A critical part of coming-of-age lies in the problem of self-knowledge, a problem that is particularly difficult for Sam Hughes because she is so detached from the elements of family that give most people their sense of identity. Sam never knew her father, and although she and her mother maintain a friendly relationship, her mother’s remarriage and new baby effectively remove her from Sam’s resources. Irene is vague about Sam’s father when asked questions about him; she is even uncertain about where his old letters may be. Irene’s parents, who also live in Hopewell, are not much more help. They live in a sterile world of small-town consumerism, a world that Sam has already come to mistrust.
In fact, most of the people who inhabit Sam’s world are similarly rootless. Emmett floats aimlessly from the television to minor household jobs to alcoholic binges. He and Sam share a deep affection, and as a veteran he has experienced the most potent link to Sam’s father that she can imagine. Crippled psychologically and perhaps physically by the war, however, Emmett is more in need of help from Sam than he is able to offer help to her. He has trouble connecting even with his girlfriend Anita, who shares Sam’s concern for him. The other minor characters in the novel are equally unhelpful. Sam’s friend Dawn is unable to share Sam’s urgent sense that she has important things to learn about herself and life; Dawn has been happy working at the Burger Boy, just as she expects to be happy to marry her high school boyfriend and have his baby. Sam’s boyfriend Lonnie is similarly limited. Even Sam’s grandparents seem unable to tell...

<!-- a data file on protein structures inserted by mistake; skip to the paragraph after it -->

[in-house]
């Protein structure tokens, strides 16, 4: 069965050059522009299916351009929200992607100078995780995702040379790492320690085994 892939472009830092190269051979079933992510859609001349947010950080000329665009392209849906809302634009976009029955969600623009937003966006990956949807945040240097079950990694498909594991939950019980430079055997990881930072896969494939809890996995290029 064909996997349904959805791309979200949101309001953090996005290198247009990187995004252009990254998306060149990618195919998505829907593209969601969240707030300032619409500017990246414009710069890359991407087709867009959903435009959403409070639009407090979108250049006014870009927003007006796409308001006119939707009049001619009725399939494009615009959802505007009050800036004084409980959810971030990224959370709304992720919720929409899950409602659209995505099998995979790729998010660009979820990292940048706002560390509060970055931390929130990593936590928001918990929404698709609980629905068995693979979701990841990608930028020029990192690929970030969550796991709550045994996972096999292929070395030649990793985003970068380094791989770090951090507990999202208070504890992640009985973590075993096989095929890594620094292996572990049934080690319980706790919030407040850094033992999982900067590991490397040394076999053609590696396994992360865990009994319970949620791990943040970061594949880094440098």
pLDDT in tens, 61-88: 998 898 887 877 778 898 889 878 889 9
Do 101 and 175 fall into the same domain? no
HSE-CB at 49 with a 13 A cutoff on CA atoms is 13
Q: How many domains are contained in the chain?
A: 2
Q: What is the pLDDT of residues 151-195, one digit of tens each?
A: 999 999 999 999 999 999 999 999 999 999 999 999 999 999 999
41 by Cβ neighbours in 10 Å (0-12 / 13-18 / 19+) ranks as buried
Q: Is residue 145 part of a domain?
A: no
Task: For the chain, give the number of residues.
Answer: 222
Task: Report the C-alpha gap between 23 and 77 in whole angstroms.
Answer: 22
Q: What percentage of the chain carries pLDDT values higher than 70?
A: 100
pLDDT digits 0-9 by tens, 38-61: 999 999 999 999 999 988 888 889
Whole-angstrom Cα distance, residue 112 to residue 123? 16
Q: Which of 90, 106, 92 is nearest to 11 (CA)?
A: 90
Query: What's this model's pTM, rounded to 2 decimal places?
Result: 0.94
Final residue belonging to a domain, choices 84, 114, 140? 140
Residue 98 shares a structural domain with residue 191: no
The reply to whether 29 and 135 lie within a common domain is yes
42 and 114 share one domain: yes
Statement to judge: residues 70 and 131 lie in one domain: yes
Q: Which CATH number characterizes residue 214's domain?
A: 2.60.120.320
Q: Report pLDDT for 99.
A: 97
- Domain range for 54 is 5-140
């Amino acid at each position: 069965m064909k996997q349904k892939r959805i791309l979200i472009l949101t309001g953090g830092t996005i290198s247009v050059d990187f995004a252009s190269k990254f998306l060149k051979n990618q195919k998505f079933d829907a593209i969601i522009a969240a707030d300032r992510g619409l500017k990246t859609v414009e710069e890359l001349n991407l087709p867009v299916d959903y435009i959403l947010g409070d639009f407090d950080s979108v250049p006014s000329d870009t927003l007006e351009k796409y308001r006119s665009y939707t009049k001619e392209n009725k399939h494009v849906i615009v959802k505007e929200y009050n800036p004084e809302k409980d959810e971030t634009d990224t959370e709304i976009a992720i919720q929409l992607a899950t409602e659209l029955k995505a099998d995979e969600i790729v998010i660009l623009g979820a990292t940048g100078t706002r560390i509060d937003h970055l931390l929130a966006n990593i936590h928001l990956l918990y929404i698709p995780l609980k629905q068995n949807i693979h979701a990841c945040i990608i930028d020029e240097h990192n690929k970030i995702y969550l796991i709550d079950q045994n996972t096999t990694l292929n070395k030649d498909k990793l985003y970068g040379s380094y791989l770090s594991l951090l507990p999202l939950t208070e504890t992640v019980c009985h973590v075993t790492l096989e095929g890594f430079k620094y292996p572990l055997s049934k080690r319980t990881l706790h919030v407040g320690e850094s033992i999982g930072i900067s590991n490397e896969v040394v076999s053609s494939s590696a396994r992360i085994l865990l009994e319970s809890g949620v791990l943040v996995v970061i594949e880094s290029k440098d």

(The entire section is 672 words.)